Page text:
Friday, 14 May 2010

Reflections on the ride

So, how did it all go? Would I do it again? Would I change anything in hindsight? Have my sore bits recovered?

Well I was certainly glad of a couple of days off but I've already been out on the bike and am eager to get out on some longer rides again so I suppose I haven't suffered that much as a result of the ride. I still think I need to rest the knee a bit longer yet though. I'm not sure if I'm loads fitter as a result of the ride because I never really pushed my cardiovascular system that much. Having said that I lost some weight and my resting pulse is noticeably lower so maybe I am. I am confident that my cycling stamina is considerably improved. Keeping going all day isn't a problem and I'd have no qualms about doing consecutive century rides. I just wouldn't do them quickly. Classic touring cyclist attitude I suppose.

Thoughts on bike and equipment
I definitely made the right choices there. The Specialized Tricross was comfortable and I was glad of the short reach/upright position on the bike. I can't recall any significant neck/back pain. It was stable and even managed a bit of unplanned cyclocross with no drama! That happened in Scotland when I made the mistake of watching a Buzzard glide alongside me rather than focus on the road. My attention was quickly re-focused as I bumped along a rocky verge towards a ditch! Thankfully I got back on the tarmac quickly and without injury.

Just the one puncture (in Devon) and enforced mechanical intervention (changing very worn brake blocks before a hilly day in the Cairngorms) so I got off lucky there. However, I like to think it was because I made sure the bike was in good nick before I set off.

Travelling light was definitely worthwhile. I love cycle camping and being self sufficient on the bike but all that extra weight would have really told. I don't think I could have managed an average of nearly 95 miles per day in hilly terrain with a full complement of panniers. Not without being LOTS fitter beforehand anyway. Taking the bare minimum made the whole trip much more enjoyable. I probably stank to high heaven at times but no-one was rude/honest enough to tell me.

I know that Cath and Sarah enjoyed their holiday too but having them there as support in the evenings and, every now and then, en route helped a great deal and kept my spirits up when otherwise they may have dropped.

The route
The CTC B&B route is described as 'scenic'. They mean 'hilly'! I noticed that some translation of the route instructions was required from time to time. For example where it says 'ascend the hill' it should say 'ALERT: engage bottom gear and continue for 1.5 miles until lungs explode and your heart beat sounds like a drum roll'. In all seriousness though you can't avoid hills on LEJOG and it wasn't that bad. I actually preferred the hilly bits. I could get into a spinny rythym going up without really suffering and I could enjoy some exhilerating descents. And I never had to get off and walk! Some days/sections were tough but I wouldn't have changed it. All part of the challenge and it did afford me some spectacular scenery. The Cairngorms were a great example of this. I could have skirted the hilliest roads but that would have meant long stretches on the fearsomely busy and unpleasant A9. As it was it was one of the best days of the trip and certainly the most rewarding.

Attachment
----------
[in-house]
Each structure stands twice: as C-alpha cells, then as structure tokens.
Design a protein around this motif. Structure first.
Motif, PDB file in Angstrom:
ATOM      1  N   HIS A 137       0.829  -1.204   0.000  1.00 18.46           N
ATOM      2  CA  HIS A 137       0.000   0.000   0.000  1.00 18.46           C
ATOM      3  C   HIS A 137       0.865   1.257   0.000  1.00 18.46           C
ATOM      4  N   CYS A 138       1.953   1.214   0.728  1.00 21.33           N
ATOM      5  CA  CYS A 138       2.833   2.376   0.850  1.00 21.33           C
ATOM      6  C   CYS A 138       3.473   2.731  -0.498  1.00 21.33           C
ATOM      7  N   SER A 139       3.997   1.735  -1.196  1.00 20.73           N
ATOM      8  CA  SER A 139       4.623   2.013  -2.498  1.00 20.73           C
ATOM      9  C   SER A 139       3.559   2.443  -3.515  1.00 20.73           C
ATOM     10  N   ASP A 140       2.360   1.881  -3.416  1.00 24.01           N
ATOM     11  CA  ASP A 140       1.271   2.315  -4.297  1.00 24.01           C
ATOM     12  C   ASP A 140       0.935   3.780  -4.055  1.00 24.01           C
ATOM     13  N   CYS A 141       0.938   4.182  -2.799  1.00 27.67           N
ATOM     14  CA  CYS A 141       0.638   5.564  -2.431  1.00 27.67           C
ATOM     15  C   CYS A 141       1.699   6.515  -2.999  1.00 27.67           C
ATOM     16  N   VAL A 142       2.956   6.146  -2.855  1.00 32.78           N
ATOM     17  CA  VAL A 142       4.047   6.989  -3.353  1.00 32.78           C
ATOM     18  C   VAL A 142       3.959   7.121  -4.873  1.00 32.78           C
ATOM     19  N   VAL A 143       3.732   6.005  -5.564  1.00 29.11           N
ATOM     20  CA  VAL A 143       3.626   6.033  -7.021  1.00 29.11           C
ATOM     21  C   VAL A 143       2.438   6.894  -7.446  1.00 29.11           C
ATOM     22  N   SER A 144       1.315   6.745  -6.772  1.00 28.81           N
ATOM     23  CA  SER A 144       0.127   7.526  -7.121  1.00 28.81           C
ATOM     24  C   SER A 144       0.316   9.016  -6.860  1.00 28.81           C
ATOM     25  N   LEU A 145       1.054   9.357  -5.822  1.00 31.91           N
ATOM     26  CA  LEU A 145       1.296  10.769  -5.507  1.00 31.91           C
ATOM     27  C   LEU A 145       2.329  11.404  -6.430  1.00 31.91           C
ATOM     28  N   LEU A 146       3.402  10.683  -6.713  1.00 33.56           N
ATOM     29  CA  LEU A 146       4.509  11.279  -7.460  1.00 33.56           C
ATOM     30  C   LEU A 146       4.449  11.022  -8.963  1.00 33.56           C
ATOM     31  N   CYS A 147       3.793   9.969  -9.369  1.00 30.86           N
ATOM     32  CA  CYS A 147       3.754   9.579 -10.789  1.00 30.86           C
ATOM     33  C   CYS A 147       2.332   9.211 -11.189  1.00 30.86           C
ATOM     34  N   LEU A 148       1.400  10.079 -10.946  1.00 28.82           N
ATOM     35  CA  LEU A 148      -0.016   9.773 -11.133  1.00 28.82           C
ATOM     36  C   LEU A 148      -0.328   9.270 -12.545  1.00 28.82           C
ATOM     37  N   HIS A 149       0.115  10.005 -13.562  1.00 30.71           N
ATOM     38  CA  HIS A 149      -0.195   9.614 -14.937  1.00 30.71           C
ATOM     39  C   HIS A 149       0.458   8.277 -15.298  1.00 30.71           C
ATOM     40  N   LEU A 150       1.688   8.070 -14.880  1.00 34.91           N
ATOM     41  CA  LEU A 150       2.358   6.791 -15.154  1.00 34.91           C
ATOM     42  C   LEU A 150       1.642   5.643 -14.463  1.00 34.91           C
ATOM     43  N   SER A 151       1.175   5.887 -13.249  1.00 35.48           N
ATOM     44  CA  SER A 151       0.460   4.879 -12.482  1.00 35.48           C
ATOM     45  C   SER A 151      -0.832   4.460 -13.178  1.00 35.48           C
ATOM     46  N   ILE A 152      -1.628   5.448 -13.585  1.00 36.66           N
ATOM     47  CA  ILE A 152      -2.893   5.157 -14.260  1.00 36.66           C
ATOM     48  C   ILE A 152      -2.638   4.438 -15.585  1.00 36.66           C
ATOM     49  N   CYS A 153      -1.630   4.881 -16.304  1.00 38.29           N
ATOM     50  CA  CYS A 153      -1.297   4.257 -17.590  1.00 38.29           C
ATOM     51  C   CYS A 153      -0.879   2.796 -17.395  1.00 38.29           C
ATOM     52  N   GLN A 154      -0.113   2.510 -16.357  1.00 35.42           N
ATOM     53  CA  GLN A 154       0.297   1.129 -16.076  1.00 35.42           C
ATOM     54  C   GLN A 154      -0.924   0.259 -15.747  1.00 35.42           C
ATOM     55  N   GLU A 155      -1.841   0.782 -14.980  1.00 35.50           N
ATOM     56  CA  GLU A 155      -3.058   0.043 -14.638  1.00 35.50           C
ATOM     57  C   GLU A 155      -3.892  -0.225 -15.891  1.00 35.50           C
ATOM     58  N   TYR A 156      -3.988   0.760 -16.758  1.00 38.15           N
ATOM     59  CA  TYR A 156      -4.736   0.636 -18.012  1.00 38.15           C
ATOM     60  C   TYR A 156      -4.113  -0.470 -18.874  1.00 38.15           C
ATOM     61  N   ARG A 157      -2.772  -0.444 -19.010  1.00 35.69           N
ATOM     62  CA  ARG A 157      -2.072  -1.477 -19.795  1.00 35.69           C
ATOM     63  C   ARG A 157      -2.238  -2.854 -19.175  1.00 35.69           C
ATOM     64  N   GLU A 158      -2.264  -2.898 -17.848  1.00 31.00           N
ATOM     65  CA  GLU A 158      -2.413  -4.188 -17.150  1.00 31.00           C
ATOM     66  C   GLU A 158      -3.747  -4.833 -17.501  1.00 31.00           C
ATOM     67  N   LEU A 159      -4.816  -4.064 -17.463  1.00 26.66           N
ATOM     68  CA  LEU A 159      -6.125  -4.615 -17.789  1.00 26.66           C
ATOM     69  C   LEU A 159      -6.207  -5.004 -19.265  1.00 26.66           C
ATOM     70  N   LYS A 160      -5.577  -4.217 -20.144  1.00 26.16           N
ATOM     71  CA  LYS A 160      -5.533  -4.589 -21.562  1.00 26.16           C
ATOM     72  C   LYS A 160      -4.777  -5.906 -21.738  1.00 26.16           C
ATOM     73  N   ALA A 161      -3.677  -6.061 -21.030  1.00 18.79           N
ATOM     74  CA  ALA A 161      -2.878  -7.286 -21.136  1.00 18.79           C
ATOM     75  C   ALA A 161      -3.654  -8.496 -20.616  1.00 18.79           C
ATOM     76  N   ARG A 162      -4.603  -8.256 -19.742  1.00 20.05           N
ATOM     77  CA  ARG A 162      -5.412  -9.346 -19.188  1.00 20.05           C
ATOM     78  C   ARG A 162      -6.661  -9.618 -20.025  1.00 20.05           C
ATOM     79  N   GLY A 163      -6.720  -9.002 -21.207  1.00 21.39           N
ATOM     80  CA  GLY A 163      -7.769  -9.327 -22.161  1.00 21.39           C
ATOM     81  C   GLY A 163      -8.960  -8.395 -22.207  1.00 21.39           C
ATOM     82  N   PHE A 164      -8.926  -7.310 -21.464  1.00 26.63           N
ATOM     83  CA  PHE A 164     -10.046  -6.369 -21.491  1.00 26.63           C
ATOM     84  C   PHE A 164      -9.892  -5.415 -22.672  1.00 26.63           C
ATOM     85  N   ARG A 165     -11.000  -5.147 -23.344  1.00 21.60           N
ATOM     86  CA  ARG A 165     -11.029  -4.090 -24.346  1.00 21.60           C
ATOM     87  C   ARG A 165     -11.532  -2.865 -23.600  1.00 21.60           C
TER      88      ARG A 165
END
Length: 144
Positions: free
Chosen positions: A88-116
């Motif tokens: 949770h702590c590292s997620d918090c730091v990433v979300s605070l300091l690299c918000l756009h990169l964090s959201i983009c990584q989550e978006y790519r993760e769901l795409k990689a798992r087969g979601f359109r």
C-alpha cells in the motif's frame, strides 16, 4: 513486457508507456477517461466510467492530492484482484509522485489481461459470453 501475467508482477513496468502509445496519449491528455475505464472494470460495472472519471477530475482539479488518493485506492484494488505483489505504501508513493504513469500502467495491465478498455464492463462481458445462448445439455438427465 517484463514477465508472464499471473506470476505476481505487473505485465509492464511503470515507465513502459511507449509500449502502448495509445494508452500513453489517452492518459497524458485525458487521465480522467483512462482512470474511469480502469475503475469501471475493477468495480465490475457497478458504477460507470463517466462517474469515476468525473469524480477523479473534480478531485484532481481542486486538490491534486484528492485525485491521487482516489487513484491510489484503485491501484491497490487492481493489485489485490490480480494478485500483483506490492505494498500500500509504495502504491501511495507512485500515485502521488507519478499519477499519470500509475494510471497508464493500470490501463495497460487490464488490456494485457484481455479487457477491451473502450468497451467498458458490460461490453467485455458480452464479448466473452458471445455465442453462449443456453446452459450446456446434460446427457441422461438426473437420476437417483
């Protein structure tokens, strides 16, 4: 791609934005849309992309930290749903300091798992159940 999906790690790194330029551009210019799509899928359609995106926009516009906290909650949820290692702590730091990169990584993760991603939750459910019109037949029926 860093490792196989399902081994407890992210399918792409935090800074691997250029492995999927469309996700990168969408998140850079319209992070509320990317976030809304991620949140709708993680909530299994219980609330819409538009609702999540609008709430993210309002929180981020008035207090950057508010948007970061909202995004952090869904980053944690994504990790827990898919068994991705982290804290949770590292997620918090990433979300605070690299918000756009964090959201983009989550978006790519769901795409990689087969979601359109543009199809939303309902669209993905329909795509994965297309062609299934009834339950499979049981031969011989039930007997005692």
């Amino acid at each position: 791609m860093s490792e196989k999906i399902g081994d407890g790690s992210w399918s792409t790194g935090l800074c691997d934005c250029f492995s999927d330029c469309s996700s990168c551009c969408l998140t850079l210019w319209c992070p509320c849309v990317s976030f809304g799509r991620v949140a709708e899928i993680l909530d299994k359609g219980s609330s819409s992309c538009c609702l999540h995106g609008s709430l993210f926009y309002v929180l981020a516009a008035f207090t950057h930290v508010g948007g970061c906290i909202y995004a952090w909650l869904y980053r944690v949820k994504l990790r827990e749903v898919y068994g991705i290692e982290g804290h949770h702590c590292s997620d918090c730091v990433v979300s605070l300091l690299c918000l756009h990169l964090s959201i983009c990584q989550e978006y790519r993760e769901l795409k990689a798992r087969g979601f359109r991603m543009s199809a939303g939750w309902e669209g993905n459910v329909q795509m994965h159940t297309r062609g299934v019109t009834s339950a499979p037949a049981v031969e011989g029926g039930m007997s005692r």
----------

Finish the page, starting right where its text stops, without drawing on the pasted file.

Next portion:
The section between the Crask Inn (wonderful pub in middle of nowhere) north of Lairg to Altnaharra in the early evening sun. Rounding a corner and seeing clouds shrouding the summit of Ben Klibreck. Fantastic. I'll never forget it.

The whole day through the Cairngorms. Awesome views and very rewarding.

Hills in the Scottish borders. Gradual ascents and miles and miles of descent on perfectly surfaced roads.

Hey, Scotland is doing pretty well here!

The Wye Valley. I love cycling alongside waterways and this whole area was beautiful.

From Whalley to Appleby through Bowland Fells. Hilly, remote, great scenery and the sun shone most of the day.

The not so good bits
The wind! Prevailing south westerlies my arse. 9 days of headwind. Some days better than others but to be honest I just forgot about it after I'd got into Scotland.

Maybe I've got the rose tinted specs on but actually I can't recall many bits I really didn't enjoy. Those bits in the blog where I said I hated it were probably more down to the fact that the weather was crap and I couldn't get warmed up. I suppose I'd nominate:

The day from Ludlow to Chorley. It was cold the wind was right in my face and quite strong. 134 miles of mostly uninspiring landscape. I didn't get to the B&B until after 9.30pm. Just one of those days where all I did was get the miles in.

Peebles to Edinburgh. Scenery might have been nice but I wouldn't know because of the fog and rain. Freezing too. And then I had to try and navigate my way through Edinburgh and towards the Forth Road Bridge.

John O Groats. Not a plastic tat hole like Lands End but still a hole. And you have to pay to use the toilets.

Finally, the roadkill. You never really notice how much there is in a car. Badgers in England became lambs and deer in Scotland. Very depressing.

So, would I do it again? Yes of course. Might give it a week or so first though.

1 comment:

  1. Your blog was brilliant, with lovely scenery at times. A bit depressing about the road kill, I agree.

    And I must thank you for reading my blog sometimes. It's nice.